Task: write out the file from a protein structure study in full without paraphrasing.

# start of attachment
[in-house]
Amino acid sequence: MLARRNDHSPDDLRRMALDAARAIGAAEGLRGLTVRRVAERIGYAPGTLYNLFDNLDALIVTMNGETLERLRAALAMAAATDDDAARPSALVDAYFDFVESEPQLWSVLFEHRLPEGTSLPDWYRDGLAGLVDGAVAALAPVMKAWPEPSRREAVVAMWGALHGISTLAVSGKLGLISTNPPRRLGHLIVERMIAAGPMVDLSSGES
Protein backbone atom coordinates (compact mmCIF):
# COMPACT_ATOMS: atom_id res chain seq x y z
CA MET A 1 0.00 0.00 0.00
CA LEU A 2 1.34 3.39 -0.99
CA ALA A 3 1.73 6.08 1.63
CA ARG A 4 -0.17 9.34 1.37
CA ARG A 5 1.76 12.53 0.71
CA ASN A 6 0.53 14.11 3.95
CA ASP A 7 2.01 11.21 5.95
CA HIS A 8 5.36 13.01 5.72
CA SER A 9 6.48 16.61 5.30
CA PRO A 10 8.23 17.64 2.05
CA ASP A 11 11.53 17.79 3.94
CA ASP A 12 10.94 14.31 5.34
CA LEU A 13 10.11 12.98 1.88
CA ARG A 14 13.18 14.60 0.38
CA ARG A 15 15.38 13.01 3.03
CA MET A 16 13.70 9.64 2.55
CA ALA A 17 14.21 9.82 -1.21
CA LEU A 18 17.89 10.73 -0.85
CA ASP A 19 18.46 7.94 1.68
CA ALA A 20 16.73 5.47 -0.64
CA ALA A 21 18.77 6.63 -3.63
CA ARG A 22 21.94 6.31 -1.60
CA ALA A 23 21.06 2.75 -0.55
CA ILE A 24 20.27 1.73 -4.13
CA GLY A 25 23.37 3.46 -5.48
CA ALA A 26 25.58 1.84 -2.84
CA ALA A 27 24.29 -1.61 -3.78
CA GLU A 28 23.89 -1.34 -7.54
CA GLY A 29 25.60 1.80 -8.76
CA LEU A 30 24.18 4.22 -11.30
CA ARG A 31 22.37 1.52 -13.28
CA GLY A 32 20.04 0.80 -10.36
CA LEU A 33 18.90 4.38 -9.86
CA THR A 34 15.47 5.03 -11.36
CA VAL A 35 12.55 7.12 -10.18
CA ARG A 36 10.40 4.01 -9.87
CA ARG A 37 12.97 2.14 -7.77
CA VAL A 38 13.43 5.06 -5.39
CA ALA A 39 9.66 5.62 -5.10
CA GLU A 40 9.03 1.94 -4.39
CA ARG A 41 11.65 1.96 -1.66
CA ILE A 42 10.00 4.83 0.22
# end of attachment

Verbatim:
[in-house]
Amino acid sequence: MLARRNDHSPDDLRRMALDAARAIGAAEGLRGLTVRRVAERIGYAPGTLYNLFDNLDALIVTMNGETLERLRAALAMAAATDDDAARPSALVDAYFDFVESEPQLWSVLFEHRLPEGTSLPDWYRDGLAGLVDGAVAALAPVMKAWPEPSRREAVVAMWGALHGISTLAVSGKLGLISTNPPRRLGHLIVERMIAAGPMVDLSSGES
Protein backbone atom coordinates (compact mmCIF):
# COMPACT_ATOMS: atom_id res chain seq x y z
CA MET A 1 0.00 0.00 0.00
CA LEU A 2 1.34 3.39 -0.99
CA ALA A 3 1.73 6.08 1.63
CA ARG A 4 -0.17 9.34 1.37
CA ARG A 5 1.76 12.53 0.71
CA ASN A 6 0.53 14.11 3.95
CA ASP A 7 2.01 11.21 5.95
CA HIS A 8 5.36 13.01 5.72
CA SER A 9 6.48 16.61 5.30
CA PRO A 10 8.23 17.64 2.05
CA ASP A 11 11.53 17.79 3.94
CA ASP A 12 10.94 14.31 5.34
CA LEU A 13 10.11 12.98 1.88
CA ARG A 14 13.18 14.60 0.38
CA ARG A 15 15.38 13.01 3.03
CA MET A 16 13.70 9.64 2.55
CA ALA A 17 14.21 9.82 -1.21
CA LEU A 18 17.89 10.73 -0.85
CA ASP A 19 18.46 7.94 1.68
CA ALA A 20 16.73 5.47 -0.64
CA ALA A 21 18.77 6.63 -3.63
CA ARG A 22 21.94 6.31 -1.60
CA ALA A 23 21.06 2.75 -0.55
CA ILE A 24 20.27 1.73 -4.13
CA GLY A 25 23.37 3.46 -5.48
CA ALA A 26 25.58 1.84 -2.84
CA ALA A 27 24.29 -1.61 -3.78
CA GLU A 28 23.89 -1.34 -7.54
CA GLY A 29 25.60 1.80 -8.76
CA LEU A 30 24.18 4.22 -11.30
CA ARG A 31 22.37 1.52 -13.28
CA GLY A 32 20.04 0.80 -10.36
CA LEU A 33 18.90 4.38 -9.86
CA THR A 34 15.47 5.03 -11.36
CA VAL A 35 12.55 7.12 -10.18
CA ARG A 36 10.40 4.01 -9.87
CA ARG A 37 12.97 2.14 -7.77
CA VAL A 38 13.43 5.06 -5.39
CA ALA A 39 9.66 5.62 -5.10
CA GLU A 40 9.03 1.94 -4.39
CA ARG A 41 11.65 1.96 -1.66
CA ILE A 42 10.00 4.83 0.22